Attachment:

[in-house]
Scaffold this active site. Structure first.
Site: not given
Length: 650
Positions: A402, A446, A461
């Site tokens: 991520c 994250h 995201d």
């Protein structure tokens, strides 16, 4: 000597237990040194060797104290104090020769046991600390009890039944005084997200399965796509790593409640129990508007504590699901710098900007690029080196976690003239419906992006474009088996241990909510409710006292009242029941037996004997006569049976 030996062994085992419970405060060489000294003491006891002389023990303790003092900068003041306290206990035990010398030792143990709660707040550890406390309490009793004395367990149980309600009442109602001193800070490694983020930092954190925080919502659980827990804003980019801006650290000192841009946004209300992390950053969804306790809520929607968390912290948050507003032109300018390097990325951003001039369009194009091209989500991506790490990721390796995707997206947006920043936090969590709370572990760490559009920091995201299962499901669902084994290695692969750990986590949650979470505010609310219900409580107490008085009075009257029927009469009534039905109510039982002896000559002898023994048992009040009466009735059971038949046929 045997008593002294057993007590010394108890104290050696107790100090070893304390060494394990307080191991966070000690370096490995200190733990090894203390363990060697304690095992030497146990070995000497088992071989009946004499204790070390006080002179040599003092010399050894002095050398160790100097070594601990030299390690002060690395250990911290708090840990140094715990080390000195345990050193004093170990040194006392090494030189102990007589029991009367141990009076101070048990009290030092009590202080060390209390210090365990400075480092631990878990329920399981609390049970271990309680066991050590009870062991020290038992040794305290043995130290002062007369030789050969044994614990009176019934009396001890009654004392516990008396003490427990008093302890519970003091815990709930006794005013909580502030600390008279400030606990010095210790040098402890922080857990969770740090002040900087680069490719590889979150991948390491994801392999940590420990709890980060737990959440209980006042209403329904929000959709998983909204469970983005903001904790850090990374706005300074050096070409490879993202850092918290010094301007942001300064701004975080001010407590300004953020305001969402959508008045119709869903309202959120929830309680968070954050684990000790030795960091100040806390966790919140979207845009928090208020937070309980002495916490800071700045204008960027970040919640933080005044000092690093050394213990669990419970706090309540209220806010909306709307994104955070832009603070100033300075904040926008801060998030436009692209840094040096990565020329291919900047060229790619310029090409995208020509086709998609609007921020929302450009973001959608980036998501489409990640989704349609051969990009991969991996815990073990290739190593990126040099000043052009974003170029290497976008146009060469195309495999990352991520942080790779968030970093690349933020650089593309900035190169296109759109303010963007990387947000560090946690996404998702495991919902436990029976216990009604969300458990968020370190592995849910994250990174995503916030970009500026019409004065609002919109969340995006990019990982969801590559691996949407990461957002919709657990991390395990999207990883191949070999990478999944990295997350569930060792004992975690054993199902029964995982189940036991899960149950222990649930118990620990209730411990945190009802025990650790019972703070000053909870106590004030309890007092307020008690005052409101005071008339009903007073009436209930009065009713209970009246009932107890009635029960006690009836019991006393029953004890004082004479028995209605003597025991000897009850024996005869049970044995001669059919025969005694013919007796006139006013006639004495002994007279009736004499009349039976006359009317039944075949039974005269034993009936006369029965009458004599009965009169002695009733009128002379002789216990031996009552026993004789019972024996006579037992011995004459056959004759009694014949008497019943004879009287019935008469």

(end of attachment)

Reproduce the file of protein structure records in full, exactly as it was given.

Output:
[in-house]
Scaffold this active site. Structure first.
Site: not given
Length: 650
Positions: A402, A446, A461
């Site tokens: 991520c 994250h 995201d």
């Protein structure tokens, strides 16, 4: 000597237990040194060797104290104090020769046991600390009890039944005084997200399965796509790593409640129990508007504590699901710098900007690029080196976690003239419906992006474009088996241990909510409710006292009242029941037996004997006569049976 030996062994085992419970405060060489000294003491006891002389023990303790003092900068003041306290206990035990010398030792143990709660707040550890406390309490009793004395367990149980309600009442109602001193800070490694983020930092954190925080919502659980827990804003980019801006650290000192841009946004209300992390950053969804306790809520929607968390912290948050507003032109300018390097990325951003001039369009194009091209989500991506790490990721390796995707997206947006920043936090969590709370572990760490559009920091995201299962499901669902084994290695692969750990986590949650979470505010609310219900409580107490008085009075009257029927009469009534039905109510039982002896000559002898023994048992009040009466009735059971038949046929 045997008593002294057993007590010394108890104290050696107790100090070893304390060494394990307080191991966070000690370096490995200190733990090894203390363990060697304690095992030497146990070995000497088992071989009946004499204790070390006080002179040599003092010399050894002095050398160790100097070594601990030299390690002060690395250990911290708090840990140094715990080390000195345990050193004093170990040194006392090494030189102990007589029991009367141990009076101070048990009290030092009590202080060390209390210090365990400075480092631990878990329920399981609390049970271990309680066991050590009870062991020290038992040794305290043995130290002062007369030789050969044994614990009176019934009396001890009654004392516990008396003490427990008093302890519970003091815990709930006794005013909580502030600390008279400030606990010095210790040098402890922080857990969770740090002040900087680069490719590889979150991948390491994801392999940590420990709890980060737990959440209980006042209403329904929000959709998983909204469970983005903001904790850090990374706005300074050096070409490879993202850092918290010094301007942001300064701004975080001010407590300004953020305001969402959508008045119709869903309202959120929830309680968070954050684990000790030795960091100040806390966790919140979207845009928090208020937070309980002495916490800071700045204008960027970040919640933080005044000092690093050394213990669990419970706090309540209220806010909306709307994104955070832009603070100033300075904040926008801060998030436009692209840094040096990565020329291919900047060229790619310029090409995208020509086709998609609007921020929302450009973001959608980036998501489409990640989704349609051969990009991969991996815990073990290739190593990126040099000043052009974003170029290497976008146009060469195309495999990352991520942080790779968030970093690349933020650089593309900035190169296109759109303010963007990387947000560090946690996404998702495991919902436990029976216990009604969300458990968020370190592995849910994250990174995503916030970009500026019409004065609002919109969340995006990019990982969801590559691996949407990461957002919709657990991390395990999207990883191949070999990478999944990295997350569930060792004992975690054993199902029964995982189940036991899960149950222990649930118990620990209730411990945190009802025990650790019972703070000053909870106590004030309890007092307020008690005052409101005071008339009903007073009436209930009065009713209970009246009932107890009635029960006690009836019991006393029953004890004082004479028995209605003597025991000897009850024996005869049970044995001669059919025969005694013919007796006139006013006639004495002994007279009736004499009349039976006359009317039944075949039974005269034993009936006369029965009458004599009965009169002695009733009128002379002789216990031996009552026993004789019972024996006579037992011995004459056959004759009694014949008497019943004879009287019935008469």